Booze Review

Whisky Review – Johnnie Walker Select Casks Rye Finish

IMG_6478A few weeks ago, while I was sweltering in the stands at a 7U baseball tournament, G-LO was living large at Pour-A-Palooza. Normally, I would insert some sort of snarky comment contrasting my exemplary parenting skills (I was staked out in the hot sun, all for a wee lad) to G-LO’s questionable decisions (a perfectly lovely day, and he spends it drinking instead of spending quality time with HIS wee lads), but this time around, I have chosen to take the high road as G-LO invited Mark Gillespie of WhiskyCast to join him. After the event, Mark was kind enough to give G-LO several whisky samples which were just the right size for sharing. Last Monday, aka National Scotch Day (July 27th for those that care about such details), G-LO brought over the samples as well as a couple of “soon to be kicked” bottles of whisky to celebrate the day (Editor’s note: drinking on a Monday is both a good and a bad way to start the week).

Since 7/27/2015 was all about the Scotch (Scotch, Scotch, Scotch! We love Scotch!), we opted to review the Johnnie Walker Select Casks – Rye Finish. Here’s what I was able to find out about this intriguing sounding elixir:

“We’re considering Select Casks as an annual limited edition,” says Brian Cox, marketing director for Scotch whisky at Diageo North America. “By their nature, these are finite stocks.”

Select Casks: Rye Cask Finish was born out of Johnnie Walker master blender Jim Beveridge’s ongoing experimentation with different angles around the classic Johnnie Walker blend. In the case of Rye Cask Finish, he used first-fill American oak, imparting vanilla notes, and then finished the liquid in rye casks to add a spice component. “It’s fair to say the blend is generally more Speyside than our western island and coastal malts, with Cardhu remaining the heart,” Cox says of the whisky’s makeup.

Diageo plans to market Rye Cask Finish both on its own and in cocktails. “At 92 proof, it holds its flavor better and has more of a backbone when it’s on ice or in cocktails,” Cox says, adding that the whisky was chill-filtered to maintain balance and texture.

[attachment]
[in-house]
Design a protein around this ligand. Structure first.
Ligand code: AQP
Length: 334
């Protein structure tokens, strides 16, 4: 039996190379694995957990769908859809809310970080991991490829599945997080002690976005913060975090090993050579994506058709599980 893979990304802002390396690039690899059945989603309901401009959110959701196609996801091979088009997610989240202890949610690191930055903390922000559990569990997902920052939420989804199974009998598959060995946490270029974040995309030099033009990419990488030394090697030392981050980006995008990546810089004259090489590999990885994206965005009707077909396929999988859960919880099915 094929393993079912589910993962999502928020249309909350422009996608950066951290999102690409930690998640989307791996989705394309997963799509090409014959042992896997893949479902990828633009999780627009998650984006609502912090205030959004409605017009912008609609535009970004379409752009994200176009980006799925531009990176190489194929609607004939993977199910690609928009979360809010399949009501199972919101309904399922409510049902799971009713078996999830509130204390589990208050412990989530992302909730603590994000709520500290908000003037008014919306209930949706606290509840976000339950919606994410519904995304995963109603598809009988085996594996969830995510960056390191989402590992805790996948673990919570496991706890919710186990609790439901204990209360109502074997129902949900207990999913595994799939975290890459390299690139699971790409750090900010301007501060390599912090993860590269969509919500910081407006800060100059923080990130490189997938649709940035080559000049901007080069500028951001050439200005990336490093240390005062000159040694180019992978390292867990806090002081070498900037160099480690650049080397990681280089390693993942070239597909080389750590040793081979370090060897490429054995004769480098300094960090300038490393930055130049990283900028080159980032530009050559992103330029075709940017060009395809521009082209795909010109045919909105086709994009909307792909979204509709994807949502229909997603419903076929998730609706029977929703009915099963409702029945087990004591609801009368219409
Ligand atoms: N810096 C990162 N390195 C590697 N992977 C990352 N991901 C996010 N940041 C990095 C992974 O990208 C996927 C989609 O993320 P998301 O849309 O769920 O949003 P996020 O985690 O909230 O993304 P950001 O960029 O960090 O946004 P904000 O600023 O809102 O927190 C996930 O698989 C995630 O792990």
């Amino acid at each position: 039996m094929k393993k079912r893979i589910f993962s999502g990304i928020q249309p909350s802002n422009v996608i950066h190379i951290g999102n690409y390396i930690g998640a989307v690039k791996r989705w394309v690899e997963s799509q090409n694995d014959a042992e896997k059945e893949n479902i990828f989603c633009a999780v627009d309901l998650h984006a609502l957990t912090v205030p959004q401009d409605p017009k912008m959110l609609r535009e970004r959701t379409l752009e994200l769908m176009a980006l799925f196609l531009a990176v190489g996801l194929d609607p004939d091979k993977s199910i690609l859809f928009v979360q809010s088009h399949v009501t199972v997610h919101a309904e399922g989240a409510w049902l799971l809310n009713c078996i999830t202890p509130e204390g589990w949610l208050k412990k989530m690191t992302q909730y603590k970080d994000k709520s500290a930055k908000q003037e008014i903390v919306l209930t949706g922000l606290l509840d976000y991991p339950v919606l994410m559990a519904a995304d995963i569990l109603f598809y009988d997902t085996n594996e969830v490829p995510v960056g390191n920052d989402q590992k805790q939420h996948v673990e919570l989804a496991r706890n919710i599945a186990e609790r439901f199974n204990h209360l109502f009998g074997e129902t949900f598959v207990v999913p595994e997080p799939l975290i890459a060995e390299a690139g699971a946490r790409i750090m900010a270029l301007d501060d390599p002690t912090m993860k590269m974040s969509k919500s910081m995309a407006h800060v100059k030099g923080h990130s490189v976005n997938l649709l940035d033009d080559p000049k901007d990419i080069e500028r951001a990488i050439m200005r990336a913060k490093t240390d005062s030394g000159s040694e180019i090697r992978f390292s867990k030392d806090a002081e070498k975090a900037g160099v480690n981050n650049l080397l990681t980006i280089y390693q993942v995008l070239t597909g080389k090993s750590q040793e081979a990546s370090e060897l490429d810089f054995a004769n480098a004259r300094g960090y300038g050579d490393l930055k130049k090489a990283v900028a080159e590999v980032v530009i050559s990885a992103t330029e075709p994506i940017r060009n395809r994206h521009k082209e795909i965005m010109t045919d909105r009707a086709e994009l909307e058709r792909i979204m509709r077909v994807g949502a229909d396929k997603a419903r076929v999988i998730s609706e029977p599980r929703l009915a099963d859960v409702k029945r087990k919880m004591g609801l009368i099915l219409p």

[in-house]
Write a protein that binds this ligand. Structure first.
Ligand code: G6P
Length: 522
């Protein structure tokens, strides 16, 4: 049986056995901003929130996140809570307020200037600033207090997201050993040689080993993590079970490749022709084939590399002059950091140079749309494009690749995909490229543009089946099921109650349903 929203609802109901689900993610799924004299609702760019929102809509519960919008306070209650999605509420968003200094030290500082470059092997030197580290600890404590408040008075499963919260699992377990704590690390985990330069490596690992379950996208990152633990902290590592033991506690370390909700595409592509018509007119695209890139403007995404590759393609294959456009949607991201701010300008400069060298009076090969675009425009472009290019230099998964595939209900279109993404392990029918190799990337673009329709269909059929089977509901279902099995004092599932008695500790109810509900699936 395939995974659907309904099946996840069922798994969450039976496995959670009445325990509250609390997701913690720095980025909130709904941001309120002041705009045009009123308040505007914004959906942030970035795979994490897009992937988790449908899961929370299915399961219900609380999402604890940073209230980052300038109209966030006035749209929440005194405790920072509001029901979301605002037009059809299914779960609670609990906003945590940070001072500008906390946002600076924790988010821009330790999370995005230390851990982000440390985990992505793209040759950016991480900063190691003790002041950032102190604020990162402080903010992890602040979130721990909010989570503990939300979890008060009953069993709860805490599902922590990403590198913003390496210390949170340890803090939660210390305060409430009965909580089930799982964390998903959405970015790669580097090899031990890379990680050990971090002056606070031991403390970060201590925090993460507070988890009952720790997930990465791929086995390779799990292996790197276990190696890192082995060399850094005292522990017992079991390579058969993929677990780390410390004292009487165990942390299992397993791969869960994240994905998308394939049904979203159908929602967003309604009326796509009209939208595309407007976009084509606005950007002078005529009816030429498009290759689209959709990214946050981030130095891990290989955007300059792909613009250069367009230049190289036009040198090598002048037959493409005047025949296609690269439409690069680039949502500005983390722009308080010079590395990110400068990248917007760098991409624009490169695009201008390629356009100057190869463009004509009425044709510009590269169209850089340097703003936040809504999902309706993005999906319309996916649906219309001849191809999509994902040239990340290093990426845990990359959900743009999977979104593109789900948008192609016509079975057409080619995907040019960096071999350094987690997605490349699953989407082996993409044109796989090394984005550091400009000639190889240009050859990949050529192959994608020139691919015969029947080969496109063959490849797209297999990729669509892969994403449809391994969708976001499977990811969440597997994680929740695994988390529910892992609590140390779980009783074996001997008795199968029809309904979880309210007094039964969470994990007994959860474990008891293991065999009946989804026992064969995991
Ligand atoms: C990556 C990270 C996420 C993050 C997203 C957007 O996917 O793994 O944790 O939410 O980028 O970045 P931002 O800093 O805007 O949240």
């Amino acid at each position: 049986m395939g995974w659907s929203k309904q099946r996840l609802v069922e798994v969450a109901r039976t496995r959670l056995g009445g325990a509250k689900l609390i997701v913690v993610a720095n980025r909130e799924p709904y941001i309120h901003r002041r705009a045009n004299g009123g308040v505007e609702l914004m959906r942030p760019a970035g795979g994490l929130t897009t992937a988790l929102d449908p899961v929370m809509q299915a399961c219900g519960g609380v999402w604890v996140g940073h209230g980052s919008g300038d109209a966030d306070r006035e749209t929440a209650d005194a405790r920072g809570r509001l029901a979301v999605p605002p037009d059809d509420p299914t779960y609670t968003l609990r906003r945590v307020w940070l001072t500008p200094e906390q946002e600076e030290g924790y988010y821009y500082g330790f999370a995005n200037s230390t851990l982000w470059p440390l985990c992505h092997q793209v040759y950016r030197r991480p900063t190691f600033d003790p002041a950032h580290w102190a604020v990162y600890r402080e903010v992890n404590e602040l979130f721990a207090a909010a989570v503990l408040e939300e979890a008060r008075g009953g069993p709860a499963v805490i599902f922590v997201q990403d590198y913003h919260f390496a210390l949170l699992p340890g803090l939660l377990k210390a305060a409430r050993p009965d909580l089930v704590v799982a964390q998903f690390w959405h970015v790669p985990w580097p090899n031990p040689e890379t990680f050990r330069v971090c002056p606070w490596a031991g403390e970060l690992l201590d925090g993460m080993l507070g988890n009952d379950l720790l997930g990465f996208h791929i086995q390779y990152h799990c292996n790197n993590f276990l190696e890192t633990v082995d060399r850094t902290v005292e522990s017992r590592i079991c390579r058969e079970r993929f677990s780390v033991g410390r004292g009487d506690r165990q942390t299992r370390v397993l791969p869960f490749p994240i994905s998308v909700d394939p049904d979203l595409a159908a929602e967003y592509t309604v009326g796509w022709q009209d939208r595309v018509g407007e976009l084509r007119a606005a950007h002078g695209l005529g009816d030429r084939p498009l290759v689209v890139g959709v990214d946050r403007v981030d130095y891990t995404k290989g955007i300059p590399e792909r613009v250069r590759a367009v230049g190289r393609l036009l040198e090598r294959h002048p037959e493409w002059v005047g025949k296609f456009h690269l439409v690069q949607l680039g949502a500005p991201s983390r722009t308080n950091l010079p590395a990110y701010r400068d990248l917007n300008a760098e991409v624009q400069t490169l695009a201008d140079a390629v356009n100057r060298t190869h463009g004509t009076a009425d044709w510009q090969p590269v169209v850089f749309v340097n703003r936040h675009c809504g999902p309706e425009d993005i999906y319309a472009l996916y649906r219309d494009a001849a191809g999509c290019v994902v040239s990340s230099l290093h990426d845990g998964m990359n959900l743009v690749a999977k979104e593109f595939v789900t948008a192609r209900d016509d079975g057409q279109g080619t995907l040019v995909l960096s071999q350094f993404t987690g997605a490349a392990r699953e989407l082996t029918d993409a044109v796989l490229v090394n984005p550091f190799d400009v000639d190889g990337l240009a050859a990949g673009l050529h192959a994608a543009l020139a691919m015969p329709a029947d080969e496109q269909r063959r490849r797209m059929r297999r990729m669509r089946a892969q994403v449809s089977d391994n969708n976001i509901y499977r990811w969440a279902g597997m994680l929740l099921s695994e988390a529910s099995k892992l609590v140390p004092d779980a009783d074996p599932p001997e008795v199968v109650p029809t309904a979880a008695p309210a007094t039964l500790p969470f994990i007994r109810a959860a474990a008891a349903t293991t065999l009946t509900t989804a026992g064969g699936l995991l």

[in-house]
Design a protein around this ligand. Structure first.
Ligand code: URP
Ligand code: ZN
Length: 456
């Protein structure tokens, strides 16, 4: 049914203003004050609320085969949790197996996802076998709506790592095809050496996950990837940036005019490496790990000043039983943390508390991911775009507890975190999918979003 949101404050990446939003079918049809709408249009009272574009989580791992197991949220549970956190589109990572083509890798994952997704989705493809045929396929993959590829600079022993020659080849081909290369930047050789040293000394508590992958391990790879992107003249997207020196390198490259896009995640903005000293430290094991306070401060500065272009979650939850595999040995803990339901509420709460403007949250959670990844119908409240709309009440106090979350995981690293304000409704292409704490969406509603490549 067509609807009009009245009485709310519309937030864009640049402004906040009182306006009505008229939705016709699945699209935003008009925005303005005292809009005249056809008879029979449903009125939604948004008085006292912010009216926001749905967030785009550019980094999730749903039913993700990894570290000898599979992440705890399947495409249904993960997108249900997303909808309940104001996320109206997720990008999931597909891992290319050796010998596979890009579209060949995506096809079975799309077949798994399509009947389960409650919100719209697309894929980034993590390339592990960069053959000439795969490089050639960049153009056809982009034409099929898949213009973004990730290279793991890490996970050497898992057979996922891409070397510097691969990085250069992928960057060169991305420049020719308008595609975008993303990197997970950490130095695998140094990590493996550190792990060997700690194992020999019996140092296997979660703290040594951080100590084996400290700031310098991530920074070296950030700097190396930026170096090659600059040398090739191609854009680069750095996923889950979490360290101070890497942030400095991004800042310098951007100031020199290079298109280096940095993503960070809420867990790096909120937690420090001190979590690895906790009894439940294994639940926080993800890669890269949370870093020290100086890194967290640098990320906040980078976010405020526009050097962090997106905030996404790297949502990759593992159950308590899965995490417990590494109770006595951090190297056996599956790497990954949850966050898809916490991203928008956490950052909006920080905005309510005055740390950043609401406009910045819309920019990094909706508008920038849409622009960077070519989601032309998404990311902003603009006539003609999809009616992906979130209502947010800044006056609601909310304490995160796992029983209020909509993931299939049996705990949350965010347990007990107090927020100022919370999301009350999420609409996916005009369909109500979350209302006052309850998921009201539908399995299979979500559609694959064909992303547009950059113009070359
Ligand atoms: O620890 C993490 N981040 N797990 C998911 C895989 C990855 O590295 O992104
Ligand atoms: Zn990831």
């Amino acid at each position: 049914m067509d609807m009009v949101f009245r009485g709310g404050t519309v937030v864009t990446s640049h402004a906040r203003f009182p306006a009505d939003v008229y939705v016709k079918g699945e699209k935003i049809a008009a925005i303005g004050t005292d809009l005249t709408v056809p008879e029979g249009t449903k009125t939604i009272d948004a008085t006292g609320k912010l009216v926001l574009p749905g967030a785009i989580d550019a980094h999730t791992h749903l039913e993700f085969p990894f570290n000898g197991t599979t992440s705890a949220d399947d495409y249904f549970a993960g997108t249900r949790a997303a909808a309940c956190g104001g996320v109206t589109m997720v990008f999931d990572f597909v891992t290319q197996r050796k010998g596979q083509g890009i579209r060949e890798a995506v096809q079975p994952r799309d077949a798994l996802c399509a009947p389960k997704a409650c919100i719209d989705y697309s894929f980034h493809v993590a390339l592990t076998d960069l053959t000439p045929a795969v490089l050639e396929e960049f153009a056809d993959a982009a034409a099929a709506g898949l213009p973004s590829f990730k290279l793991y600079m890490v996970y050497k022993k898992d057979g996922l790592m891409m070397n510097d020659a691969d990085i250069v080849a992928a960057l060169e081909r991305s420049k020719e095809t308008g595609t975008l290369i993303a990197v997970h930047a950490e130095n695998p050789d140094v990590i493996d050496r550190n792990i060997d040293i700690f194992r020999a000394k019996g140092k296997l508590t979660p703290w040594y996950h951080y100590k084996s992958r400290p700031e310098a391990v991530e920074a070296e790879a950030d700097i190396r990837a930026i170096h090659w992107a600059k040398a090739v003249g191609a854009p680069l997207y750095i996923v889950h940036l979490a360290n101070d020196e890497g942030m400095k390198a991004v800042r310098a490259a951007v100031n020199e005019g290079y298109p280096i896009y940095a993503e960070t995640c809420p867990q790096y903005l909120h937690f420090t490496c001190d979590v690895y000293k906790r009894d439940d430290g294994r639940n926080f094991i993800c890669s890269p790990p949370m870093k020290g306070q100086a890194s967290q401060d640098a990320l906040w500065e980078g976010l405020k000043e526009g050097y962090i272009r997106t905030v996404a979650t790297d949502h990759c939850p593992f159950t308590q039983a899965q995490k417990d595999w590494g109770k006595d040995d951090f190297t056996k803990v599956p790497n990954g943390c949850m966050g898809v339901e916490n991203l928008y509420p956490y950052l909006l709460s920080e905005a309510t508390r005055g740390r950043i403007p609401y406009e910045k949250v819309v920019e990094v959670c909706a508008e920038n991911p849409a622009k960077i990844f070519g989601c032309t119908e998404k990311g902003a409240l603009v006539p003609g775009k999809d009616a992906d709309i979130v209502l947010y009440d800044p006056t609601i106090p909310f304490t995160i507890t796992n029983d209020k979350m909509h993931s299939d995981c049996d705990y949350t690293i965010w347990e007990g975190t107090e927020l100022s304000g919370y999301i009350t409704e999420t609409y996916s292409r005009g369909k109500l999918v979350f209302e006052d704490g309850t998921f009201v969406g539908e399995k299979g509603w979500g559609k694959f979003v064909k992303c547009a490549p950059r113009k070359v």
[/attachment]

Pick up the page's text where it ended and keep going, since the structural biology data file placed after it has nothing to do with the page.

And now for our review…

  • Appearance: A bronze color that might also be described as Amber Honey (looks a bit like apple juice).
  • Aroma
    • Limpd: A little medicinal (astringent) and menthol like with vanilla, sugar cane, leather and lamp oil (a bit like eating candied treats in your grandfather’s study).
    • G-LO: Sweet and herbal at the same time. Cardamom. LifeSavers Hot Cinn-O-Mon. A touch of brown sugar. Cloves. Baked Apples.
  • Taste
    • Limpd: Chewy with a syrupy texture and sweet flavor upfront followed by some heat (it is 46% after all) and then a bit of sharpness as the rye finish comes through. The finish is long and mildly hot (cinnamon, not pepper).
    • G-LO: A touch thin and watery. Starts off quite hot with a strong cinnamon flavor that has a powdered sugar and wintergreen backbone. Baking spices and some light brown sugar in the middle with the spice still there but slightly subdued. The finish is both hot and sweet with a lingering tingle. The aftertaste is a touch herbal.
  • ABV: 46%.

The Verdict

  • Limpd: Multi-faceted and quite flavorful. This interesting dram matches the quality of the blend with the ingenuity of the casking. Well done!
  • G-LO: Quite a nice change from the usual Johnnie Walker. I didn’t love it, but it was different enough to make me want to explore it further. It’s worth a try.


Many thanks to Mark Gillespie for this very generous sample! 

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